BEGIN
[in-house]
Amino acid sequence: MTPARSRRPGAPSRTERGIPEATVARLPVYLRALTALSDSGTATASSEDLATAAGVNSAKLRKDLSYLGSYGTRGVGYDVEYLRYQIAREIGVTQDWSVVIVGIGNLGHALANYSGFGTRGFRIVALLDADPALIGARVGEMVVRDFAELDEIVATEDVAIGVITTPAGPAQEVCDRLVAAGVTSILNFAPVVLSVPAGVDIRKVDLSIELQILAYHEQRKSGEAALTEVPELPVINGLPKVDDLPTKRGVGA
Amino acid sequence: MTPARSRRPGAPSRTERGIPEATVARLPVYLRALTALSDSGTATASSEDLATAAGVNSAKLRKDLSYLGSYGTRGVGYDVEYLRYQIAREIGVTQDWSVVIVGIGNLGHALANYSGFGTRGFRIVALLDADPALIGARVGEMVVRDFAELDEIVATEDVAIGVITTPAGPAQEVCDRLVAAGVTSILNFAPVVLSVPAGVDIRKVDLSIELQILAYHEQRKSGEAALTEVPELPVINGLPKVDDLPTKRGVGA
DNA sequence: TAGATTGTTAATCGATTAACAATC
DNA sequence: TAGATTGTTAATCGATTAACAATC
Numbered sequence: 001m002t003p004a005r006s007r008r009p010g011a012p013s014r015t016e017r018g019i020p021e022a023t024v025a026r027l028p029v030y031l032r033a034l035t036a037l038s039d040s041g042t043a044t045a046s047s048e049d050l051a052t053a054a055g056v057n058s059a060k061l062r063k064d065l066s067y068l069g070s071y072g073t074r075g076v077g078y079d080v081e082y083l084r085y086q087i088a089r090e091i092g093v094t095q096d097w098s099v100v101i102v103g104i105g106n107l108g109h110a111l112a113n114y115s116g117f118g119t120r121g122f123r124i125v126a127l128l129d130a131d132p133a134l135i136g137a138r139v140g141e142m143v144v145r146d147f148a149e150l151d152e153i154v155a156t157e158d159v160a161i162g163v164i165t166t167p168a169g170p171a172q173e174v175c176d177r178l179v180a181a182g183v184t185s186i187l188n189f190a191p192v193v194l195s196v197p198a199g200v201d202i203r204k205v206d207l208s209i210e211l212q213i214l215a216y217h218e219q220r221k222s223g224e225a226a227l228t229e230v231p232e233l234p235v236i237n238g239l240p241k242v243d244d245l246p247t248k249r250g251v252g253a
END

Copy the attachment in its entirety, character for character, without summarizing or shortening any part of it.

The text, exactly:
[in-house]
Amino acid sequence: MTPARSRRPGAPSRTERGIPEATVARLPVYLRALTALSDSGTATASSEDLATAAGVNSAKLRKDLSYLGSYGTRGVGYDVEYLRYQIAREIGVTQDWSVVIVGIGNLGHALANYSGFGTRGFRIVALLDADPALIGARVGEMVVRDFAELDEIVATEDVAIGVITTPAGPAQEVCDRLVAAGVTSILNFAPVVLSVPAGVDIRKVDLSIELQILAYHEQRKSGEAALTEVPELPVINGLPKVDDLPTKRGVGA
Amino acid sequence: MTPARSRRPGAPSRTERGIPEATVARLPVYLRALTALSDSGTATASSEDLATAAGVNSAKLRKDLSYLGSYGTRGVGYDVEYLRYQIAREIGVTQDWSVVIVGIGNLGHALANYSGFGTRGFRIVALLDADPALIGARVGEMVVRDFAELDEIVATEDVAIGVITTPAGPAQEVCDRLVAAGVTSILNFAPVVLSVPAGVDIRKVDLSIELQILAYHEQRKSGEAALTEVPELPVINGLPKVDDLPTKRGVGA
DNA sequence: TAGATTGTTAATCGATTAACAATC
DNA sequence: TAGATTGTTAATCGATTAACAATC
Numbered sequence: 001m002t003p004a005r006s007r008r009p010g011a012p013s014r015t016e017r018g019i020p021e022a023t024v025a026r027l028p029v030y031l032r033a034l035t036a037l038s039d040s041g042t043a044t045a046s047s048e049d050l051a052t053a054a055g056v057n058s059a060k061l062r063k064d065l066s067y068l069g070s071y072g073t074r075g076v077g078y079d080v081e082y083l084r085y086q087i088a089r090e091i092g093v094t095q096d097w098s099v100v101i102v103g104i105g106n107l108g109h110a111l112a113n114y115s116g117f118g119t120r121g122f123r124i125v126a127l128l129d130a131d132p133a134l135i136g137a138r139v140g141e142m143v144v145r146d147f148a149e150l151d152e153i154v155a156t157e158d159v160a161i162g163v164i165t166t167p168a169g170p171a172q173e174v175c176d177r178l179v180a181a182g183v184t185s186i187l188n189f190a191p192v193v194l195s196v197p198a199g200v201d202i203r204k205v206d207l208s209i210e211l212q213i214l215a216y217h218e219q220r221k222s223g224e225a226a227l228t229e230v231p232e233l234p235v236i237n238g239l240p241k242v243d244d245l246p247t248k249r250g251v252g253a